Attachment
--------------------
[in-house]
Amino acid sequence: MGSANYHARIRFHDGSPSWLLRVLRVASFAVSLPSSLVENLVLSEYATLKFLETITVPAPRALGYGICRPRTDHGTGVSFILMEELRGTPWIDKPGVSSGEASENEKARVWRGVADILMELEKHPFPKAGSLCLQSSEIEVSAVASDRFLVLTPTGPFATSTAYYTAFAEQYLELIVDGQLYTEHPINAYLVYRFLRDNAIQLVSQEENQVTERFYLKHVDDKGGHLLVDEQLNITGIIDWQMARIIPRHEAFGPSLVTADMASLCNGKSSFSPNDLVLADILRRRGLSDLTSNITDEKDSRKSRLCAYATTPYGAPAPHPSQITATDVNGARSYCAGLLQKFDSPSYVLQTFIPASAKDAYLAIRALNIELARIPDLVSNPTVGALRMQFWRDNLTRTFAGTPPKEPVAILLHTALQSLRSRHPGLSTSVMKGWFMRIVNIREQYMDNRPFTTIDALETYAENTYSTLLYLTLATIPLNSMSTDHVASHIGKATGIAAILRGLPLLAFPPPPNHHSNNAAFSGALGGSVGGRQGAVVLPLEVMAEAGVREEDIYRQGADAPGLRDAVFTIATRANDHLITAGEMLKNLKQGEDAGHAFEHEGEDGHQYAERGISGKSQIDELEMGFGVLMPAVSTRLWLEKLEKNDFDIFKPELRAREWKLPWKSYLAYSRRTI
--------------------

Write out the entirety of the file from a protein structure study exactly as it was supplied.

[in-house]
Amino acid sequence: MGSANYHARIRFHDGSPSWLLRVLRVASFAVSLPSSLVENLVLSEYATLKFLETITVPAPRALGYGICRPRTDHGTGVSFILMEELRGTPWIDKPGVSSGEASENEKARVWRGVADILMELEKHPFPKAGSLCLQSSEIEVSAVASDRFLVLTPTGPFATSTAYYTAFAEQYLELIVDGQLYTEHPINAYLVYRFLRDNAIQLVSQEENQVTERFYLKHVDDKGGHLLVDEQLNITGIIDWQMARIIPRHEAFGPSLVTADMASLCNGKSSFSPNDLVLADILRRRGLSDLTSNITDEKDSRKSRLCAYATTPYGAPAPHPSQITATDVNGARSYCAGLLQKFDSPSYVLQTFIPASAKDAYLAIRALNIELARIPDLVSNPTVGALRMQFWRDNLTRTFAGTPPKEPVAILLHTALQSLRSRHPGLSTSVMKGWFMRIVNIREQYMDNRPFTTIDALETYAENTYSTLLYLTLATIPLNSMSTDHVASHIGKATGIAAILRGLPLLAFPPPPNHHSNNAAFSGALGGSVGGRQGAVVLPLEVMAEAGVREEDIYRQGADAPGLRDAVFTIATRANDHLITAGEMLKNLKQGEDAGHAFEHEGEDGHQYAERGISGKSQIDELEMGFGVLMPAVSTRLWLEKLEKNDFDIFKPELRAREWKLPWKSYLAYSRRTI